I could never stand Ron Darling. Although he was a fine pitcher for 13 major league seasons and I have never met the man, he’s no friend of mine. Of course that’s because he was a prominent member of the 1986 New York Mets, who beat my Boston Red Sox to win the World Series, and thus broke the heart of an eight-year-old yours truly. He, along with Daniel Paisner, has detailed the Series-deciding final game (in which Darling pitched) in Game 7, 1986- Failure and Triumph in the Biggest Game of My Life (St. Martin’s Press; on sale April 5, 2016), giving me an opportunity to relive my childhood anguish all over again. Fortunately, it was much easier the second time around.
Growing up in Massachusetts and hoping to one day play for the hometown team, Darling was actually told as a high schooler by a Boston scout that he did not have what it took to fulfill his dream. 136 major league victories and that big World Series win later proved those to be less than prophetic words.
All personal bad memories aside, Game 7, 1986 is as easy a read as I can recall. Darling, who was knocked out after just three and two thirds innings of the eventual Series-clinching win, reminisces about that contest, what led up to it and the immediate aftermath.
Rain delayed Game 7 by a day, building up even more suspense for Darling, as he contemplated the biggest game of his career. He takes the reader through the emotional ups and downs; his personal disappointment in not submitting a strong performance (after having an otherwise outstanding Series); and touches base on a number of issues that will be of great interest to baseball and Mets fans. These include:
His professional, yet less than perfect, relationship with manager Davey Johnson.
His altercation with police outside of a nightclub while defending teammates who were out on the town celebrating.
The time New York Yankees legends Mickey Mantle, Whitey Ford and Billy Martin suckered him into paying a huge restaurant and bar tab after he had approached them as a young player while out for dinner.
The use of drugs and alcohol in the clubhouse during his playing days. He doesn’t point any fingers at specific players but does offer an interesting look at the culture that encouraged such behavior.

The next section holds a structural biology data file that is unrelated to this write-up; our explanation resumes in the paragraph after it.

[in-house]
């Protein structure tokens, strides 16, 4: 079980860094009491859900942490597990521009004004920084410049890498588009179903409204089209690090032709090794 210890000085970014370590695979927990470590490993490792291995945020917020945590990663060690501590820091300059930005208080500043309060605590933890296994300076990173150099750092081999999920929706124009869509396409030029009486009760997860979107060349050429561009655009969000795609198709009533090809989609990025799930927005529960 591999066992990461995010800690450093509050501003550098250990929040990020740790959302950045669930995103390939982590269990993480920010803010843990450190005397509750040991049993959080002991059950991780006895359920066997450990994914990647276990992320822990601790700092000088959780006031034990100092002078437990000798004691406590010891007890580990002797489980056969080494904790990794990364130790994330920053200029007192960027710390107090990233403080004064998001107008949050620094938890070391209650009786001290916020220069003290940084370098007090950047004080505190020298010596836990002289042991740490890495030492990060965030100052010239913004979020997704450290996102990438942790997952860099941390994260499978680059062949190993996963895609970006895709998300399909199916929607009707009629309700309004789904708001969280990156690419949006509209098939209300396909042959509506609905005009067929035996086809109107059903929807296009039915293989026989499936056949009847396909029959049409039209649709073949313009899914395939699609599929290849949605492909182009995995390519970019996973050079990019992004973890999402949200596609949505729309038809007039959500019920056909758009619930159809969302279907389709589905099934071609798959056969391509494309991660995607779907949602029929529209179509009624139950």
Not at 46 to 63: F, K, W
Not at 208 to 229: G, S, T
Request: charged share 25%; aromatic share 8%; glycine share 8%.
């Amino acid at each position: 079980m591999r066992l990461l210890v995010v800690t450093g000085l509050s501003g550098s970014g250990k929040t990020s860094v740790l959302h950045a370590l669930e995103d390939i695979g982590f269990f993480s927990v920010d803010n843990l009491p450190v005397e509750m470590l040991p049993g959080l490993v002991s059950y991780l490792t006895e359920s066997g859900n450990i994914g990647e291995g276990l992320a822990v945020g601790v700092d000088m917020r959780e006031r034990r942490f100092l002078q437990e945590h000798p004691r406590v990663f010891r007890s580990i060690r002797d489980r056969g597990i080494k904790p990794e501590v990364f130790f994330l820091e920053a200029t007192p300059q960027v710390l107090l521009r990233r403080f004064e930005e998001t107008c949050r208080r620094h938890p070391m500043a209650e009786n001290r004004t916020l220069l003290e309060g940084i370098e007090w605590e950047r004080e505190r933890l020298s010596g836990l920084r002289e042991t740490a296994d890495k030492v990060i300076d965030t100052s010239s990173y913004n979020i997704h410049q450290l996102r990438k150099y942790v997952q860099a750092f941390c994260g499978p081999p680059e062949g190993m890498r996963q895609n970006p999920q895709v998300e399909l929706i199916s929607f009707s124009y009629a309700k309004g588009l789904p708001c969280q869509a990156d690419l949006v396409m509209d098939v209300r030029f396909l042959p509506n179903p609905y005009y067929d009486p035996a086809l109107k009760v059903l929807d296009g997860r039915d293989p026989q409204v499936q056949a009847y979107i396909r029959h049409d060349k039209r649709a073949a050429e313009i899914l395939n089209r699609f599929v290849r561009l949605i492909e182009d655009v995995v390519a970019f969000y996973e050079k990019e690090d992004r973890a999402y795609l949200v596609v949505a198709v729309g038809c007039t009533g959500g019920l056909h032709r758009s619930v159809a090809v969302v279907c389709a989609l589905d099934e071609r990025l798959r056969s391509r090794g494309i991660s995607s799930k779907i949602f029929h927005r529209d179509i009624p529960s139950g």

Insight into his relationships with some of his Mets teammates. In particular, he has very direct and honest thoughts about Darryl Strawberry and Dwight Gooden, who both had their incredible talents directly impacted by persistent off-field issues.
The 1986 Mets were a supremely confident team. Darling discusses how the blend of battle-tested veterans and brash youngsters melded into a unit that ultimately won the biggest baseball game of that year. In many ways it’s a surprise that they only won the one Championship, but ultimately any hopes for a dynasty were derailed in part by big personalities and bad behavior by some.
As a Red Sox fan, it was also interesting to see Darling’s take on some of his Red Sox opponents from that Series. Among others, he talks glowingly about scrappers like catcher Rich Gedman (who he grew up playing against) and second baseman Marty Barrett, admiring their professionalism and skill. On the other hand, pitcher Roger Clemens (who had one of the most dominating seasons in history in 1986) rates only a one-sentence mention, and that coming in the discussion about Strawberry and Gooden.
Yes, it can be tough to relive the 1986 World Series through the lens of Ron Darling, but, to the victors go the spoils. He and his teammates will go down as one of the memorable teams in history and this well-written book chronicling their journey should captivate the attention of baseball fans and literary enthusiasts alike.
Disclaimer: I was provided with a free advanced copy of this book, but received no payment or other consideration for this review.
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